Matty and his beloved Chuckie, 2010.

 

 

There have been some changes–after re-watching The Avengers in November (the last movie I saw with Matty,) and having a panic attack, I vowed never to see a comic book movie ever again as they were his favorite. In August, I got asked on a date to see The Wolverine. I agreed, and then got nervous–this wasn’t like being at a friend’s house, this in a theater with a stranger who could potentially be romantically interested in me. I wasn’t ready to be that vulnerable if I had a meltdown like I did in November, especially in a public setting. However, I couldn’t hide from the movies, especially one that I wanted to see. So, I kept the date, and…nothing happened. I was fine. I loved the movie, and knew he would have loved it too. Although that’s a small example, it is still a big step, and it makes me feel human, that things are going to be okay.

 

 

I would like to believe that once the anniversary passes, when the majority of firsts will have passed, we’ll be able to really move on. Right now, we’re all in a weird place. I feel like I’m reliving certain grieving points from the year at warp speed. But what is really going to happen on October 8th? As much as I think he would have loved it, I don’t think zombie Matty is going to show up at the house, or the earth is going to swallow us whole. Yet, we’re all feeling this anxiety, like something big is going to happen, but we’re not quite sure what.

 

 

I wish I could offer more enlightenment, but honestly, the only thing I can say is that you have to let time be your friend.You are the only one who can manage your grief, and if other people don’t like it, too bad. As for things to help you move on, they’re distractions, they’re not real solutions. Distractions can be good, they’re necessary–if it weren’t for work or my friends, I probably would be a hermit, hiding out in my room and smoking up all day. But that’s hiding, and you can’t do that. The deceased wouldn’t want you to.

 

 

And as for you, Matty, we love you very much and miss you every day. That will never, ever change, no matter how much time passes.

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Political

Why I Can’t Say Anything Nice About Margaret Thatcher

When news broke of Margaret Thatcher’s death on Monday, my first thought was to write a small obituary the way we did for Gerda Lerner and Rita Levi-Montalcini. However, when it came time to say something nice like “she will be missed” or “what a great leader she was,” I couldn’t do it. I just could not do it. Why? While it was great that she was the first woman and the longest serving British prime minister of the 20th century, and it was sad that she suffered so many strokes over the past eleven years and is leaving a family behind, when you look more closely at what she accomplished while she was in power, she was far from the great leader many of her obituaries are making her out to be.

 

 

The biggest offense for me was the way she treated laborers and labor unions, instead choosing to focus on the individual, Although people did become home-owners, entrepreneurs, and bankers due to her approach, even more people became unemployed as well, especially in northern England–by closing factories and cutting social spending, Manchester quickly made a turn for the worse. In 1982, its unemployment rate was 32 percent. The greater Manchester area lost almost a fifth of its manufacturing jobs during the 1980s, and more than 125,000 people moved away. From 1979 to 1993, the poverty rate in Britain tripled. In the mid-90s, a U.N. report found that Great Britain had the most unequal society in the West.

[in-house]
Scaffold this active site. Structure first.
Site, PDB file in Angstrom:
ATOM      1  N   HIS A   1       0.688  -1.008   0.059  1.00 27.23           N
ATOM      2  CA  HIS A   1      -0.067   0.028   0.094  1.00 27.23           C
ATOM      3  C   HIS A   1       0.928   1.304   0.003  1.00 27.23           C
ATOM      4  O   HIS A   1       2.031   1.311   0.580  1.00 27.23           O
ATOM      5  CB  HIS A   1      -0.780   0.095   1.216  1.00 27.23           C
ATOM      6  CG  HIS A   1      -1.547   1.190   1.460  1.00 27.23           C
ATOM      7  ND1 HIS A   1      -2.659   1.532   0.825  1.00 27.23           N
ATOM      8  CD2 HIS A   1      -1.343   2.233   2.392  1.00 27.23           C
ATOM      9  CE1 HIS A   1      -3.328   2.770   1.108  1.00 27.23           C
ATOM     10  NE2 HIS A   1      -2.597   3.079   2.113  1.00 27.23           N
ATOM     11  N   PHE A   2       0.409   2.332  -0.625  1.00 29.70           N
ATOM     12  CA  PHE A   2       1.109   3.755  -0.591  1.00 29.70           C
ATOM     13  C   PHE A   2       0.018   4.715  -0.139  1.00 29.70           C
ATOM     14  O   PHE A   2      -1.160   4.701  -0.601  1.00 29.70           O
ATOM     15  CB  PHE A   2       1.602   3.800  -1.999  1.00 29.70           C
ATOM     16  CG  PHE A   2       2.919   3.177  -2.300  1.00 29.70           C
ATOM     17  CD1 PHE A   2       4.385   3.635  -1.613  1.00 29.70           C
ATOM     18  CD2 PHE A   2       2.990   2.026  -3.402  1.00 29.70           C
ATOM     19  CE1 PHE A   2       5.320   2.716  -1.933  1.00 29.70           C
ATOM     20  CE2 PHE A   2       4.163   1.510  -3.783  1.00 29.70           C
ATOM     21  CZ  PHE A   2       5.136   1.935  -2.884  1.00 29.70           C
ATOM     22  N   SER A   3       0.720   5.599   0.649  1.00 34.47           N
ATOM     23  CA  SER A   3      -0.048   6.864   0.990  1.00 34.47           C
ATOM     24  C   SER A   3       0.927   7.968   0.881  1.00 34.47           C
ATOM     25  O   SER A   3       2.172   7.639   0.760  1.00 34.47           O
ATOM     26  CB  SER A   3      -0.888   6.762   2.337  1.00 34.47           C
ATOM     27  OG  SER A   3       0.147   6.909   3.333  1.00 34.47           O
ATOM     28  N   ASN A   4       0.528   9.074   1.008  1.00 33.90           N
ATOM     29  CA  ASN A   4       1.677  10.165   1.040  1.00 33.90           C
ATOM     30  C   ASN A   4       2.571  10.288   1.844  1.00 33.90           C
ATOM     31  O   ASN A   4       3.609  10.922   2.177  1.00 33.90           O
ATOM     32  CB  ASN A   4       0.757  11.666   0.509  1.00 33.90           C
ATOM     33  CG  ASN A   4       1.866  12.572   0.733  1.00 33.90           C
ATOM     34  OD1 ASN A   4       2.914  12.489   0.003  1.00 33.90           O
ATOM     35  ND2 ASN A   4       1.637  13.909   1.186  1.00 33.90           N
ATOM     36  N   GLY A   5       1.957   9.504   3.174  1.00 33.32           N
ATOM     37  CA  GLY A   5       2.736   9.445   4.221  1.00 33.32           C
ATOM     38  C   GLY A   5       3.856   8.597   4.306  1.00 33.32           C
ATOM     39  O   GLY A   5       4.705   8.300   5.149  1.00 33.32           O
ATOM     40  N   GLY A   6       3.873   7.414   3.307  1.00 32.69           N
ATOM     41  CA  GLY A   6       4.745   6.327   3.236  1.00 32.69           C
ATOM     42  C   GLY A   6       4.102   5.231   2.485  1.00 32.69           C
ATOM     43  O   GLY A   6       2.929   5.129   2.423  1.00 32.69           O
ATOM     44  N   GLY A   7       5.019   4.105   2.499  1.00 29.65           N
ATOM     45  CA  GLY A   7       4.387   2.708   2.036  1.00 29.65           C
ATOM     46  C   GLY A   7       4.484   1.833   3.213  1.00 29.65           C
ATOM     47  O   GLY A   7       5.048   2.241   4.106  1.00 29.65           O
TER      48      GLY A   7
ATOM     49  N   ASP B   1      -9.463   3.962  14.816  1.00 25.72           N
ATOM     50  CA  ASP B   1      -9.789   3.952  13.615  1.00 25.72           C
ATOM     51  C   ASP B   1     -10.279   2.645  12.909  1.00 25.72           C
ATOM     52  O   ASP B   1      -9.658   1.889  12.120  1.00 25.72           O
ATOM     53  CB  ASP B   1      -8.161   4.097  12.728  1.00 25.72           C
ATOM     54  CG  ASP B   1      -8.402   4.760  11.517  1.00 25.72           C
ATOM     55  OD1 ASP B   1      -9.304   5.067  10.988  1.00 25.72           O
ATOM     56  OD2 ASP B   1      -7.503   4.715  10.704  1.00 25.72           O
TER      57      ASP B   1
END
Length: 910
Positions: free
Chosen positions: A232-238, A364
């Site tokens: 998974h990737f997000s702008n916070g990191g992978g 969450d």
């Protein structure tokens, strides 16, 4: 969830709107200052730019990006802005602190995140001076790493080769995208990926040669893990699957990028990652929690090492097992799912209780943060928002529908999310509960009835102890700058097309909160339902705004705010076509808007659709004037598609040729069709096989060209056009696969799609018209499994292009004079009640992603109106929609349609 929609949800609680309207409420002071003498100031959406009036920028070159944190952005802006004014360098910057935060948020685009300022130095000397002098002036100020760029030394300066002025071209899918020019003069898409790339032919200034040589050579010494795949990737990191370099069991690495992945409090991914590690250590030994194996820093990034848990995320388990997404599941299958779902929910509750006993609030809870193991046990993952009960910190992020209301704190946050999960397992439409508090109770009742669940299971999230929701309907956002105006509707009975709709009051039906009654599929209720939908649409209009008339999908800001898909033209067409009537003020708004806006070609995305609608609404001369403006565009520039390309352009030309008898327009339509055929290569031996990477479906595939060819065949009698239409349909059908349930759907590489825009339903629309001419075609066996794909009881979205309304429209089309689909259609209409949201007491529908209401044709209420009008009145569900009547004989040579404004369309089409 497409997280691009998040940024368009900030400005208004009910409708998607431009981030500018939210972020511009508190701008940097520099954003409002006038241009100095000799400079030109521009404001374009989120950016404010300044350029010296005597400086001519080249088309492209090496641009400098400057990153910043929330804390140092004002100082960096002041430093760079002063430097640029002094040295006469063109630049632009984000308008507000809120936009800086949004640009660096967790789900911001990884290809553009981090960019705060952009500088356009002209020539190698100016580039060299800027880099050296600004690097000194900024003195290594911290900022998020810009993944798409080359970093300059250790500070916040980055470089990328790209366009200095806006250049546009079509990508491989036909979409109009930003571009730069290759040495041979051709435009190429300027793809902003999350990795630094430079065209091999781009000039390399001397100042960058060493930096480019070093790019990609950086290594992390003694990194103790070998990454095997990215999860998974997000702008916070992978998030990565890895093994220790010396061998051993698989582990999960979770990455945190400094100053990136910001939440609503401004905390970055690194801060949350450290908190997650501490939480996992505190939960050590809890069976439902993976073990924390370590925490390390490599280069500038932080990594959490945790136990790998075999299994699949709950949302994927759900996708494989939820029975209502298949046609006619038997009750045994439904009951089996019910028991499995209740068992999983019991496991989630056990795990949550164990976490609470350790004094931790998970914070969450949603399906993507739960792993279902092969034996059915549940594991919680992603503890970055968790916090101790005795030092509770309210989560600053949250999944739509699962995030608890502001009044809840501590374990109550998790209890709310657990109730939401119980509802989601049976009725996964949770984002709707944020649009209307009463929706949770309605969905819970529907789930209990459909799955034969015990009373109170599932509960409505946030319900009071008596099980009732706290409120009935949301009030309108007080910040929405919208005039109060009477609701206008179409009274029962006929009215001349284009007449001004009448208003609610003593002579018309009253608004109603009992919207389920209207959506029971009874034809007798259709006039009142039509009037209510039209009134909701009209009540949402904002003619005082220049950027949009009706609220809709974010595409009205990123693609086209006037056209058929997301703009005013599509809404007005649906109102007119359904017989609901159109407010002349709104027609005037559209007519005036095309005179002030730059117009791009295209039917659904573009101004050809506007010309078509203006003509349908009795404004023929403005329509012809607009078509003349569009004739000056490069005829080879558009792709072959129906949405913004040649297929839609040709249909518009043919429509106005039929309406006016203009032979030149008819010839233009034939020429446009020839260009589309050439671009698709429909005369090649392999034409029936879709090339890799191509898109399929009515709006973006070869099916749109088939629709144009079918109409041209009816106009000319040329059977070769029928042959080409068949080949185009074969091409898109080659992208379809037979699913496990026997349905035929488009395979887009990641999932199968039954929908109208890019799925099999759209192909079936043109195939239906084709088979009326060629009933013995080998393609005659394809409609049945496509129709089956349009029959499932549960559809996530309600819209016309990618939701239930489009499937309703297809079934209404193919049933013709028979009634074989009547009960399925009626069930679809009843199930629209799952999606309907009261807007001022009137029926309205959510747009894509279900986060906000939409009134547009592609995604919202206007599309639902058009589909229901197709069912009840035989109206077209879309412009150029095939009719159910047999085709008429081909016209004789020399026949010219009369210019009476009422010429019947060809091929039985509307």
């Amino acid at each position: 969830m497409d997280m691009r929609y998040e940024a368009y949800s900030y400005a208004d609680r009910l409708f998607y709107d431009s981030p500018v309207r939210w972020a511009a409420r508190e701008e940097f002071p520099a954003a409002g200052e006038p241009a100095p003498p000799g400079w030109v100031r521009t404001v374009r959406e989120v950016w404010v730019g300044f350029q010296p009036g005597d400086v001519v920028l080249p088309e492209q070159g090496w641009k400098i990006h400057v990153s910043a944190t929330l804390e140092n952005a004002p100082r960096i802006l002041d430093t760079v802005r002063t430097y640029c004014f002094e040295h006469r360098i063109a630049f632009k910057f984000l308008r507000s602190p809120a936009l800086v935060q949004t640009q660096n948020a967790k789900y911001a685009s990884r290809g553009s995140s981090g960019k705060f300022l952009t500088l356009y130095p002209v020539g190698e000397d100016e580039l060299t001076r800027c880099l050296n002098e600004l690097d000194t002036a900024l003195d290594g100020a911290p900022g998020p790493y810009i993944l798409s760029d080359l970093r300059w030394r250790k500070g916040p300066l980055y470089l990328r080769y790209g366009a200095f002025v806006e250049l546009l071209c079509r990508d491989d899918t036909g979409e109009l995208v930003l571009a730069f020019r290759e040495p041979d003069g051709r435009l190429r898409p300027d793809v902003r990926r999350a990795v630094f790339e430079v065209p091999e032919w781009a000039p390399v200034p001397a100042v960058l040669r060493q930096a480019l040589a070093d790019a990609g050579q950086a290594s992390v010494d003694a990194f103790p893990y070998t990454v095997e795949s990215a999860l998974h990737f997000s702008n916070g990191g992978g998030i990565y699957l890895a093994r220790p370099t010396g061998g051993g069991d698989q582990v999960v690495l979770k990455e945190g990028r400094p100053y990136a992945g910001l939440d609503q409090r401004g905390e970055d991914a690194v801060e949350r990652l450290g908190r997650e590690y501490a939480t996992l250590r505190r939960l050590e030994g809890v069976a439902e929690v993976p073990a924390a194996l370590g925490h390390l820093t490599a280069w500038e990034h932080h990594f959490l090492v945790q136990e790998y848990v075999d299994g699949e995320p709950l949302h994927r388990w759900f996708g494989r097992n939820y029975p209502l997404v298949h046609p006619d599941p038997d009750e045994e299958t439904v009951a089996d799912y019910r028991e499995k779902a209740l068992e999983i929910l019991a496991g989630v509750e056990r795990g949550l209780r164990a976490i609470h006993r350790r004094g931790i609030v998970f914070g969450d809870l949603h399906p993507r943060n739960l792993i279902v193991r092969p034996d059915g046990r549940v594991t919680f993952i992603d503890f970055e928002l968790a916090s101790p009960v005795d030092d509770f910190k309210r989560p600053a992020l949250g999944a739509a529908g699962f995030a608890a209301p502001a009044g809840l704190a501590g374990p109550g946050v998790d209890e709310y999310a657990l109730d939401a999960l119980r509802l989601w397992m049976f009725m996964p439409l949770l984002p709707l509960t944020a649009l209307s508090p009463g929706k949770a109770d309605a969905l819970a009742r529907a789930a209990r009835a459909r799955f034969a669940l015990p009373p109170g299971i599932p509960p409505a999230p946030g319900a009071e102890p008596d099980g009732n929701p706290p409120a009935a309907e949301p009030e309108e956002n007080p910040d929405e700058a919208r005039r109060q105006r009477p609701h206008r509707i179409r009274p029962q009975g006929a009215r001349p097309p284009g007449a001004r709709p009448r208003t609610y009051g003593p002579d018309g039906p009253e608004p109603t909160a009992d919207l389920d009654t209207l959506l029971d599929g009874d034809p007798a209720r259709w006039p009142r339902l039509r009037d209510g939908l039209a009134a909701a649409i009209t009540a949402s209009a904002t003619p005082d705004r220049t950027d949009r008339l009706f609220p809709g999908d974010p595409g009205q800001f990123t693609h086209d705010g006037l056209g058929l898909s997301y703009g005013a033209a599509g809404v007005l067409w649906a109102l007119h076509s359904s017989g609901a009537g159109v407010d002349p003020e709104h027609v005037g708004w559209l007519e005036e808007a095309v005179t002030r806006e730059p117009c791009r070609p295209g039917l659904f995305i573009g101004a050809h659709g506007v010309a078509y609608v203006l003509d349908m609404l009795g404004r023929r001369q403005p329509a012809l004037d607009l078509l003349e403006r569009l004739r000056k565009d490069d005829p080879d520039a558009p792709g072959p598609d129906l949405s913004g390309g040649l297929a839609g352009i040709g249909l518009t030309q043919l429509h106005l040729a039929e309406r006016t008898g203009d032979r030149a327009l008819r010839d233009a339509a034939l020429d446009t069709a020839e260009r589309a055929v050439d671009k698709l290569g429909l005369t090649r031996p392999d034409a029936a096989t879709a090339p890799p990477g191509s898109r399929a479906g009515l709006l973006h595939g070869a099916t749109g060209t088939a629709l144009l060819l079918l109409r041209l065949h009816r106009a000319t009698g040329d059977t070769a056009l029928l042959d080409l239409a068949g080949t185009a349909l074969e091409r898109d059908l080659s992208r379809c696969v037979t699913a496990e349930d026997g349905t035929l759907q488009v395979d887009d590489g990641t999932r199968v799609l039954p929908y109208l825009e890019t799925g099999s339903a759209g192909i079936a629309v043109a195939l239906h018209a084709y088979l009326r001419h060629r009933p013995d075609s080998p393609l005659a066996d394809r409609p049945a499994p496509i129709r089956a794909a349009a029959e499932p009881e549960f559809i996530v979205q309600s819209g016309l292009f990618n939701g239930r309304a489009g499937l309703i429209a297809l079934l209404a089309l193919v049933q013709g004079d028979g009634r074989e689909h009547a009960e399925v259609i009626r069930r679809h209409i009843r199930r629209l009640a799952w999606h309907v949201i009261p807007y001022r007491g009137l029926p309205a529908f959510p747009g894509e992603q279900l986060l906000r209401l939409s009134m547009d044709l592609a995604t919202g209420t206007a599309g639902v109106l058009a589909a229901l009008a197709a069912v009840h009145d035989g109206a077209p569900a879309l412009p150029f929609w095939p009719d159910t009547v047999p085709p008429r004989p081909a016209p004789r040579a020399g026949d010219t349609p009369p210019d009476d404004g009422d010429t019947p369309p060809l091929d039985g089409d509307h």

Really? We’re supposed to celebrate a leader who hurt a great percentage of her population so she help give a leg up to some of the richest people in the world? It makes me furious. Yes, this is something that still goes on, but really? No wonder my dad’s response upon hearing the news of her death was “my heart is as broken as the lives of the laborers she destroyed.” Why should we give tribute to a leader who chose to hurt her country and not to really help it?

 

 

 

I could go on in great detail with other valid reasons why I can’t celebrate Thatcher–the Falklands, her friendship with leaders like Augusto Pinochet, the way she handled the Troubles in Northern Ireland (particularly the 1981 Irish Hunger strike) her stance against the unification of East and West Germany, the way she wouldn’t acknowledge the struggles of women while in a position of leadership herself (she didn’t believe in the glass ceiling)–but the labor one is the one that makes me the most angry. I feel she deliberately hurt her people, the ones she was supposed to be protecting, with her elimination of industry and the promotion of the individual over the group effort.

 

When politicians talk about the emphasis of the individual, they really mean one specific group of people–people who don’t really need anything as they’re well off to begin with. This is nothing new, and Thatcher wasn’t the only politician who followed this Rand-ian model of leadership, and she certainly won’t be the last. But I can’t sit here and say, “oh wow, Thatcher sure fucked up and helped set the tone for the current global political climate, but since she was a woman, I have to applaud her, she really made great strides for us. Who cares if she destroyed her people? Yay for firsts!” Nope. I can’t do that. Just because she was a woman doesn’t mean I have to agree with or even like her (in case I didn’t make that clear.) And thus, this is why I can’t say anything nice about her.

 

 

So, what’s your take? UK based readers, did I miss anything significant?